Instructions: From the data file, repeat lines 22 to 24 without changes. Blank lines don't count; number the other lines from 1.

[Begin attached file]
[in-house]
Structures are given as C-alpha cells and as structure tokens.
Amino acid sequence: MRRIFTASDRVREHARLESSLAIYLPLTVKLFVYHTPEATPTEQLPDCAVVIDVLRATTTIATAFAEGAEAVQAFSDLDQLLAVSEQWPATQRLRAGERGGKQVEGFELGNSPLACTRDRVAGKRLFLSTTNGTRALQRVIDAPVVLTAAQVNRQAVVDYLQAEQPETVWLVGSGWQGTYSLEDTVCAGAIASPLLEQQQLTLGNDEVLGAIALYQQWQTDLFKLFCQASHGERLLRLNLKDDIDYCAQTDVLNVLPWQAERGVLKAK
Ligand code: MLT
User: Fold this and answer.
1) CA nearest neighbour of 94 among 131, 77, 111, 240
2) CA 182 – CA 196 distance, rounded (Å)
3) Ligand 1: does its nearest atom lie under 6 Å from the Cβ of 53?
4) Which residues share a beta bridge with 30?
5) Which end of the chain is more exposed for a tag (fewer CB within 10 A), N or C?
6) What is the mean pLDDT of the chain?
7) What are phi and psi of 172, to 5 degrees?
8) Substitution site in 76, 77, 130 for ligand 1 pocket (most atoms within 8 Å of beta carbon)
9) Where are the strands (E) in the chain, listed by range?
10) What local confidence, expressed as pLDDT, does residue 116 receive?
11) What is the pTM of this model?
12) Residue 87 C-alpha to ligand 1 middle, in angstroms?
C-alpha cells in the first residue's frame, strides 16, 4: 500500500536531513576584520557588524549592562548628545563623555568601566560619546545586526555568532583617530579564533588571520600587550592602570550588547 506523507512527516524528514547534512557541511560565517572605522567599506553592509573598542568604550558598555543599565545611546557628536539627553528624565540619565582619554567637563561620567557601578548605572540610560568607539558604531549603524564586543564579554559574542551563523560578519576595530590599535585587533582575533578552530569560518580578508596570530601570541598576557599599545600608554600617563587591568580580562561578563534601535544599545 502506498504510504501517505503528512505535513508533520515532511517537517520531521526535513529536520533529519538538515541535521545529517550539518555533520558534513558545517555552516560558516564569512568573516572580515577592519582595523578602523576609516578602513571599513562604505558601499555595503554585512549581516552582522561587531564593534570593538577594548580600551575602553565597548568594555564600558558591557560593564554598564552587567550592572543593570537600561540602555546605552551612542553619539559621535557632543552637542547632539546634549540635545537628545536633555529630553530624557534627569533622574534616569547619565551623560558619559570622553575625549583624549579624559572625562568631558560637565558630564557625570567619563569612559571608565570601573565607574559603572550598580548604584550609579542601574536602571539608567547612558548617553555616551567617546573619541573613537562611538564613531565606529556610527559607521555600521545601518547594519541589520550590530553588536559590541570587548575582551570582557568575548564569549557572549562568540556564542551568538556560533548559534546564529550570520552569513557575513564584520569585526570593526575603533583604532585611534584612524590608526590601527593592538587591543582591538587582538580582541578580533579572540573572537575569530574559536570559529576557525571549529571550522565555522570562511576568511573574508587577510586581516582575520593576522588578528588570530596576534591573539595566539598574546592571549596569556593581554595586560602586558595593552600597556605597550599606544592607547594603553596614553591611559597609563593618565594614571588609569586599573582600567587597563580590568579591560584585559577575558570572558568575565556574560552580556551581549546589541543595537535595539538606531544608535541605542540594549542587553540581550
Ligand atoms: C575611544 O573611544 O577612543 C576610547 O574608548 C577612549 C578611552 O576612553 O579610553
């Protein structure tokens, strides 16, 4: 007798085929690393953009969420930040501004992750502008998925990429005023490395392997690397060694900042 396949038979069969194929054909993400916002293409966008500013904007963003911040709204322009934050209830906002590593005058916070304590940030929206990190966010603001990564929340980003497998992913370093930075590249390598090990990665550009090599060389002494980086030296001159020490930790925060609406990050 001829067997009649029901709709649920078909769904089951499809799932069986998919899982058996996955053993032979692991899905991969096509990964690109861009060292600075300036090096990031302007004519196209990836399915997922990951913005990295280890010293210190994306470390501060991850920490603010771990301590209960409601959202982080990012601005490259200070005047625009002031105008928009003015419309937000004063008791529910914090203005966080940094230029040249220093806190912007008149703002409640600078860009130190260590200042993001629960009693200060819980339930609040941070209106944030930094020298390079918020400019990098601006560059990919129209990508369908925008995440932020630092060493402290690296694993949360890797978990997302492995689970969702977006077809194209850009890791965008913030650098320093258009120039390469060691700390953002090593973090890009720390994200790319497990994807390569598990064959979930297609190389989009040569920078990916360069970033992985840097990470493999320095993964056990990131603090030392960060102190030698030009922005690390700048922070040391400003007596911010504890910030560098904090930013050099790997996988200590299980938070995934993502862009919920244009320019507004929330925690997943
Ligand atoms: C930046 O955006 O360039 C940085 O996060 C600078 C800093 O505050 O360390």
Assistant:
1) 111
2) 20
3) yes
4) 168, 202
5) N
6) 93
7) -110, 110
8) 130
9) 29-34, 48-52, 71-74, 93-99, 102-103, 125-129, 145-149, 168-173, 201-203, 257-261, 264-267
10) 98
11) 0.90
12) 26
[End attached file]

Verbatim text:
Assistant:
1) 111
2) 20